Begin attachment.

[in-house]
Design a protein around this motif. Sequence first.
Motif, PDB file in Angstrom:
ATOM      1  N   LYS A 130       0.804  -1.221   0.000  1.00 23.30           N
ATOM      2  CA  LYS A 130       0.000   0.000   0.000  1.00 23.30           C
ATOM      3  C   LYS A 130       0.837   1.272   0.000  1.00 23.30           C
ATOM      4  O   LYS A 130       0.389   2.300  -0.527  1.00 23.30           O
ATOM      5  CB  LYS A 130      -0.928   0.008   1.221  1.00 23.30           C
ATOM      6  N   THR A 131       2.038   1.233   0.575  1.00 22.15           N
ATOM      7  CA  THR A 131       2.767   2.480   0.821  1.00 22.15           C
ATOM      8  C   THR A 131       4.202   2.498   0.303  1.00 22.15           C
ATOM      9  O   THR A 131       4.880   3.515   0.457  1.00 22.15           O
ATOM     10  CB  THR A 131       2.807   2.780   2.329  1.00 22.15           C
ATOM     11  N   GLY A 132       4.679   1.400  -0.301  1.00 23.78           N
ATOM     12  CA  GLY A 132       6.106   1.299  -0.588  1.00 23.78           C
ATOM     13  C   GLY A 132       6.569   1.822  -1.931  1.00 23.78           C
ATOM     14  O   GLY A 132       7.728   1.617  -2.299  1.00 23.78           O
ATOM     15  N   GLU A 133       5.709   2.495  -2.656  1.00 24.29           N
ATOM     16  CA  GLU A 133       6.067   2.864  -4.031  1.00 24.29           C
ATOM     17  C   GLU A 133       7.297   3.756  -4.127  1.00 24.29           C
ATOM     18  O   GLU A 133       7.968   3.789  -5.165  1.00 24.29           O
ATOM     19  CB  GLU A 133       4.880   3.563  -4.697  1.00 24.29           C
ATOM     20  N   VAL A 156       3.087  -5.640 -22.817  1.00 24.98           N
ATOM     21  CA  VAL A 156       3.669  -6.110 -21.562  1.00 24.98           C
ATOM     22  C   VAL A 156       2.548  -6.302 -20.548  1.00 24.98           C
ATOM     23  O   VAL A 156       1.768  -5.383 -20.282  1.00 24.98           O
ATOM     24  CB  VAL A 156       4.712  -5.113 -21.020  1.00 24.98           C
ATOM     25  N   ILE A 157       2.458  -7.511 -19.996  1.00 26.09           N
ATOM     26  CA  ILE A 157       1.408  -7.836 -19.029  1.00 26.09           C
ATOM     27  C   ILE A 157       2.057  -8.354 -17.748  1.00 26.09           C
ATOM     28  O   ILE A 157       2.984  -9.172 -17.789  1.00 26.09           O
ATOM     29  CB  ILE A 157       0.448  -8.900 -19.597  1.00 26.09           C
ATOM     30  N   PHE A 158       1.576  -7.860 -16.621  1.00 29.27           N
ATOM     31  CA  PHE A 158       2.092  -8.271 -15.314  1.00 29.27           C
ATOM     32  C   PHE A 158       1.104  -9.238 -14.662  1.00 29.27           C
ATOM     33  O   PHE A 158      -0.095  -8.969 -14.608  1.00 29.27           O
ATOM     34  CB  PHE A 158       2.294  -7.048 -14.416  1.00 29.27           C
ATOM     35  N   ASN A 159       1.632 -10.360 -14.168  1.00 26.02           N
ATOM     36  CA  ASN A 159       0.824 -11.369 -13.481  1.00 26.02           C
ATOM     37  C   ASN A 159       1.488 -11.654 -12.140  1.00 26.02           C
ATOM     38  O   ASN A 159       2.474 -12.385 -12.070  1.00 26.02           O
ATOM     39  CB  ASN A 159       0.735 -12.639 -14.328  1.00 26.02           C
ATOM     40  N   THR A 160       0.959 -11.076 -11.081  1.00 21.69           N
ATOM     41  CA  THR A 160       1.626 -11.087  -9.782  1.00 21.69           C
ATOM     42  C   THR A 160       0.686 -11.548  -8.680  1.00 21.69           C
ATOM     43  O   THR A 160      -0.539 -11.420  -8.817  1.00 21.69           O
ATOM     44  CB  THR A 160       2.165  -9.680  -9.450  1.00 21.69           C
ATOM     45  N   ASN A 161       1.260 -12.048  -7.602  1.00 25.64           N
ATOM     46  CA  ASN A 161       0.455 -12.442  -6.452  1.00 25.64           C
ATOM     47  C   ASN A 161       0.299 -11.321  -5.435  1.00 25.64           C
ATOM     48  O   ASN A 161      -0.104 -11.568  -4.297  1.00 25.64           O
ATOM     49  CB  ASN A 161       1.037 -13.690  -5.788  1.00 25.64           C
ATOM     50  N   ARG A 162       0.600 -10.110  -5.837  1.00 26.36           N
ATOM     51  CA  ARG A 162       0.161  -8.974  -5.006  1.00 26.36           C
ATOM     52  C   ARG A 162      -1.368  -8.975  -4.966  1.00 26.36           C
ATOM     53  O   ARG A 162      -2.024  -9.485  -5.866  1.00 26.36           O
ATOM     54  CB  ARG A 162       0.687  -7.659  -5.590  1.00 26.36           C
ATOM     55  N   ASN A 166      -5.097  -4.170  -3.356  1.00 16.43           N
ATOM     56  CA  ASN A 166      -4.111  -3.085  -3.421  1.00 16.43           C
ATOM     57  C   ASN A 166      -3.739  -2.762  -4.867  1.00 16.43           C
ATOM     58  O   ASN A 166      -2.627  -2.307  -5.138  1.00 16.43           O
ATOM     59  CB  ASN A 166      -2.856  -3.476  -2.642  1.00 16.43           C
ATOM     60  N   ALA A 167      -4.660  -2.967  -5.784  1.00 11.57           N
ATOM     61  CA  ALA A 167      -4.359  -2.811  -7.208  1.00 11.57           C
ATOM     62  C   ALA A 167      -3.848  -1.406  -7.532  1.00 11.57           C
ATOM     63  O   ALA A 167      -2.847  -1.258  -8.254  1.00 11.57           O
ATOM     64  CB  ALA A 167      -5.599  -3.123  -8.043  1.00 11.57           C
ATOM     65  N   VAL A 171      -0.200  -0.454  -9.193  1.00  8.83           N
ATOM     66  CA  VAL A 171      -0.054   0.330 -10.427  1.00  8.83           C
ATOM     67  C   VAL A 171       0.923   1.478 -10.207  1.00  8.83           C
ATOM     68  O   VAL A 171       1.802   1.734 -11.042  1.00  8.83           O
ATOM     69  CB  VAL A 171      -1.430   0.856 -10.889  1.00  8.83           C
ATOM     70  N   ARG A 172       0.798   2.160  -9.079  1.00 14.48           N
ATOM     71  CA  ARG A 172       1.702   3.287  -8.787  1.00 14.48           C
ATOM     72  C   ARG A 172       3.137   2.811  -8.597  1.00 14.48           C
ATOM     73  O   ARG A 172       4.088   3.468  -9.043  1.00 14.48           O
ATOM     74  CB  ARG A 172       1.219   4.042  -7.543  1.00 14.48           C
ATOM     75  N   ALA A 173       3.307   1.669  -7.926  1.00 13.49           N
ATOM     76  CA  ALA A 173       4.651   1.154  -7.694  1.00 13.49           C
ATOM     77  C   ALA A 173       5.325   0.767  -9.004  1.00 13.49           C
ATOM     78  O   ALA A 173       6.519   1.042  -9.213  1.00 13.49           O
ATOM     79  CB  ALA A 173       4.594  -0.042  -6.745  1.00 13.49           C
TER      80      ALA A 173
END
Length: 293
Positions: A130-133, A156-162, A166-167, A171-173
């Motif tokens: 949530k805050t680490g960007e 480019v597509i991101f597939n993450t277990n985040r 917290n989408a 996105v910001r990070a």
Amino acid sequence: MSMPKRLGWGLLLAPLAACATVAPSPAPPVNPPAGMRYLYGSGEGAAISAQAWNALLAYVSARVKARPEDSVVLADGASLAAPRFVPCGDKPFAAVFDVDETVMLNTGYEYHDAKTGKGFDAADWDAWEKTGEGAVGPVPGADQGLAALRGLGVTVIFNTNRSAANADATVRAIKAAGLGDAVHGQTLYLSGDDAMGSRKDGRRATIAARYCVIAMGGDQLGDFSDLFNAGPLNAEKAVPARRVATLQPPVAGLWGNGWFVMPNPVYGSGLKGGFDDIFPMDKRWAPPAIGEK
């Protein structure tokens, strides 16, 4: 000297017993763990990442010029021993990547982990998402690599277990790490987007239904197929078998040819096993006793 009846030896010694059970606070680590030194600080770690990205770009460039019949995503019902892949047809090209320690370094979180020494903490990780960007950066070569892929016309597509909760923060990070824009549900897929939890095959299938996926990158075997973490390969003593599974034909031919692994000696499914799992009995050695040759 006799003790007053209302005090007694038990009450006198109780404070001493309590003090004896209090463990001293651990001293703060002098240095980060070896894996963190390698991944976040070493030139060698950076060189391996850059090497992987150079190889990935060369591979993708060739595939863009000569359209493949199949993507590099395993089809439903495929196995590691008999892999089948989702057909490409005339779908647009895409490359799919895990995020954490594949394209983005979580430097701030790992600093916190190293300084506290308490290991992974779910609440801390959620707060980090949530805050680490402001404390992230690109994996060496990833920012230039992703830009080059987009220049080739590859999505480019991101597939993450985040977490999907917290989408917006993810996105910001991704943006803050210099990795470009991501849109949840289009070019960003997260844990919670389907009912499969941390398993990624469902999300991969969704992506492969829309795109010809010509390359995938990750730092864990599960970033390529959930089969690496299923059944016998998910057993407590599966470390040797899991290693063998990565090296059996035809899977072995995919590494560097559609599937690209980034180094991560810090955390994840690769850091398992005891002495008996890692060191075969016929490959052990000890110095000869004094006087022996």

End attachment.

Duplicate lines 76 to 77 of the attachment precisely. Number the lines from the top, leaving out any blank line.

ATOM     73  O   ARG A 172       4.088   3.468  -9.043  1.00 14.48           O
ATOM     74  CB  ARG A 172       1.219   4.042  -7.543  1.00 14.48           C